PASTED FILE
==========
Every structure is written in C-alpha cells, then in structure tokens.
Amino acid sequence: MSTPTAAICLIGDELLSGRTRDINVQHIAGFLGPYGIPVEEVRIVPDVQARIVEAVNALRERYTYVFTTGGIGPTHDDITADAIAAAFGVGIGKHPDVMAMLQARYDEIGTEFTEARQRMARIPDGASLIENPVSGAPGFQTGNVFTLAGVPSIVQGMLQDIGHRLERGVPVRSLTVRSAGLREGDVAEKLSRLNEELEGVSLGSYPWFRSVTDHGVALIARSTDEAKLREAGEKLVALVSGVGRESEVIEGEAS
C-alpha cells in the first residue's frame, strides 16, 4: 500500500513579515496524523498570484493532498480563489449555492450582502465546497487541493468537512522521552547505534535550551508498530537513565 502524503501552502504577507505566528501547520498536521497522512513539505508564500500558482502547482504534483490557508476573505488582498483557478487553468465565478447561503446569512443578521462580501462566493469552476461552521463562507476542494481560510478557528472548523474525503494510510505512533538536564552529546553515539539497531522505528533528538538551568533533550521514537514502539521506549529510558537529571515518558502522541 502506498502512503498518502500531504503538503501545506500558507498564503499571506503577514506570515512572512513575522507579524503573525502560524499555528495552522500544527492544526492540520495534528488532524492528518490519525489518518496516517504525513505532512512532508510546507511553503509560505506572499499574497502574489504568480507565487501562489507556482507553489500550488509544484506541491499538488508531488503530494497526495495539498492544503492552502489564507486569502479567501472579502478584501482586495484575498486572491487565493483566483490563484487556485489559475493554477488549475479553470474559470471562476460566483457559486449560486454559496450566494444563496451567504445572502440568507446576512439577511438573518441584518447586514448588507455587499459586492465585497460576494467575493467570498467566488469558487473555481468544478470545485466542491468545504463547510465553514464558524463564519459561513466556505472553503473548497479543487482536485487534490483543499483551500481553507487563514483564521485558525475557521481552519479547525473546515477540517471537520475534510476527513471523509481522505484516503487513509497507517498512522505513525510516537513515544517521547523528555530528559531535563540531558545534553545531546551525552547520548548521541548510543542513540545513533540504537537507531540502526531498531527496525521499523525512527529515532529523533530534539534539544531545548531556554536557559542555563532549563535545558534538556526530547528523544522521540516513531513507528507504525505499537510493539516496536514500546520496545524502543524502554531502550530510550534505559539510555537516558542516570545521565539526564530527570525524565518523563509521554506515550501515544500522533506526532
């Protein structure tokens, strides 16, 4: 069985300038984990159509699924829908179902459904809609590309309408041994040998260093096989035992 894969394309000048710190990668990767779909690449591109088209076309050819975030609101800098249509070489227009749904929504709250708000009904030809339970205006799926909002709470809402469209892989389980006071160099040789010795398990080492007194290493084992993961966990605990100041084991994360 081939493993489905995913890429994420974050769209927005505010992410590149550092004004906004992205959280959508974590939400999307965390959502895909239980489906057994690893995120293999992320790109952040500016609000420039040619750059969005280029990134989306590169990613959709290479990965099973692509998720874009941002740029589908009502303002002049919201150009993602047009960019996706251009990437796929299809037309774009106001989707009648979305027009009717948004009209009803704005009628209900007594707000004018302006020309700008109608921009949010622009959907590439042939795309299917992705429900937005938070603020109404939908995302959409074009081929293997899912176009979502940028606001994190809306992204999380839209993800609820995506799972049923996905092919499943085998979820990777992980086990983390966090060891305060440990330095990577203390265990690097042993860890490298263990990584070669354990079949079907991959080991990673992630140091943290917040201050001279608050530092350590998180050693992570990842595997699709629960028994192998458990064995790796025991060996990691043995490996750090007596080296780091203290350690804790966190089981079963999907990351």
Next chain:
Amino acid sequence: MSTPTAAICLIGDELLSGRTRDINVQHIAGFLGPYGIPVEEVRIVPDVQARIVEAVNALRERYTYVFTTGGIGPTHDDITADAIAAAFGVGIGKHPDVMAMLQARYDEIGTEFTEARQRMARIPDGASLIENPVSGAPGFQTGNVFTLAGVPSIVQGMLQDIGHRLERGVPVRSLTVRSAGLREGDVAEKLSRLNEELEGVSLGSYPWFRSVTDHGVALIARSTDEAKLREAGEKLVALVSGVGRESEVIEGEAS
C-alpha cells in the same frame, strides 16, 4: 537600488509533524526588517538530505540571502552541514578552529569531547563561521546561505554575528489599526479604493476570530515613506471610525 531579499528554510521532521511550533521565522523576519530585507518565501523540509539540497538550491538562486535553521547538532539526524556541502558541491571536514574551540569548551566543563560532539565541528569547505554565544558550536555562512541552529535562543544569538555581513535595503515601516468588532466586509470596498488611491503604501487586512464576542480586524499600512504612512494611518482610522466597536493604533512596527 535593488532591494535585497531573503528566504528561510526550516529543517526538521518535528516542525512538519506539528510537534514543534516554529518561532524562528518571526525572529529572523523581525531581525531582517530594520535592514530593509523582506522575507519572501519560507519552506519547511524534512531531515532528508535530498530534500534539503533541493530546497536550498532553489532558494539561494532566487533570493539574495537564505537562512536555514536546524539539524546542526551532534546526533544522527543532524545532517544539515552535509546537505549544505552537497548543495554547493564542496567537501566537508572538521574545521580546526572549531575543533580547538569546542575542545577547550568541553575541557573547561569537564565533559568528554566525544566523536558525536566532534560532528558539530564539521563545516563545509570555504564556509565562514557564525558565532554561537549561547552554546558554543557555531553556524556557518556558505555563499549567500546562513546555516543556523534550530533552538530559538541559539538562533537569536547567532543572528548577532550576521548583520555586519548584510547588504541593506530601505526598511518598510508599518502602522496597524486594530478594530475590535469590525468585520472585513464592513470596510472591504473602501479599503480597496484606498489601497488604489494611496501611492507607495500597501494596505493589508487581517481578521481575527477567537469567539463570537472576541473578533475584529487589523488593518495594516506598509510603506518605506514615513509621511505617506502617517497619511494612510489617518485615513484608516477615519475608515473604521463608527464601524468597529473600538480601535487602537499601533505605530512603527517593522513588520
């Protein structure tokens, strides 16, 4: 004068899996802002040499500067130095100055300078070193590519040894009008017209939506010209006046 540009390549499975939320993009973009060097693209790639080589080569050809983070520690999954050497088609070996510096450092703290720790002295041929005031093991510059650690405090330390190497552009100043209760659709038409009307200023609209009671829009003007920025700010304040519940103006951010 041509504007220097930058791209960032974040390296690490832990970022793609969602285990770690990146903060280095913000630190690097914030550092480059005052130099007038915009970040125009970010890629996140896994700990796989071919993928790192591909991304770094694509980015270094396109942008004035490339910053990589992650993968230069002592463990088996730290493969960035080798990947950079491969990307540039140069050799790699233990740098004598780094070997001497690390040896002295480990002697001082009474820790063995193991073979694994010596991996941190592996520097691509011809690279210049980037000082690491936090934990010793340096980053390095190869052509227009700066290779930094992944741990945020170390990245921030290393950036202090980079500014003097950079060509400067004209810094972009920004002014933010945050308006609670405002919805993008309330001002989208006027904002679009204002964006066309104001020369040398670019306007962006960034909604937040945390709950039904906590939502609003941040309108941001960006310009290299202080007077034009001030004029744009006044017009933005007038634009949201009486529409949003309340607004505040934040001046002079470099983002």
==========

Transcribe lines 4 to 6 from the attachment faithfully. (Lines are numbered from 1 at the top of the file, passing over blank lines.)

């Protein structure tokens, strides 16, 4: 069985300038984990159509699924829908179902459904809609590309309408041994040998260093096989035992 894969394309000048710190990668990767779909690449591109088209076309050819975030609101800098249509070489227009749904929504709250708000009904030809339970205006799926909002709470809402469209892989389980006071160099040789010795398990080492007194290493084992993961966990605990100041084991994360 081939493993489905995913890429994420974050769209927005505010992410590149550092004004906004992205959280959508974590939400999307965390959502895909239980489906057994690893995120293999992320790109952040500016609000420039040619750059969005280029990134989306590169990613959709290479990965099973692509998720874009941002740029589908009502303002002049919201150009993602047009960019996706251009990437796929299809037309774009106001989707009648979305027009009717948004009209009803704005009628209900007594707000004018302006020309700008109608921009949010622009959907590439042939795309299917992705429900937005938070603020109404939908995302959409074009081929293997899912176009979502940028606001994190809306992204999380839209993800609820995506799972049923996905092919499943085998979820990777992980086990983390966090060891305060440990330095990577203390265990690097042993860890490298263990990584070669354990079949079907991959080991990673992630140091943290917040201050001279608050530092350590998180050693992570990842595997699709629960028994192998458990064995790796025991060996990691043995490996750090007596080296780091203290350690804790966190089981079963999907990351």
Next chain:
Amino acid sequence: MSTPTAAICLIGDELLSGRTRDINVQHIAGFLGPYGIPVEEVRIVPDVQARIVEAVNALRERYTYVFTTGGIGPTHDDITADAIAAAFGVGIGKHPDVMAMLQARYDEIGTEFTEARQRMARIPDGASLIENPVSGAPGFQTGNVFTLAGVPSIVQGMLQDIGHRLERGVPVRSLTVRSAGLREGDVAEKLSRLNEELEGVSLGSYPWFRSVTDHGVALIARSTDEAKLREAGEKLVALVSGVGRESEVIEGEAS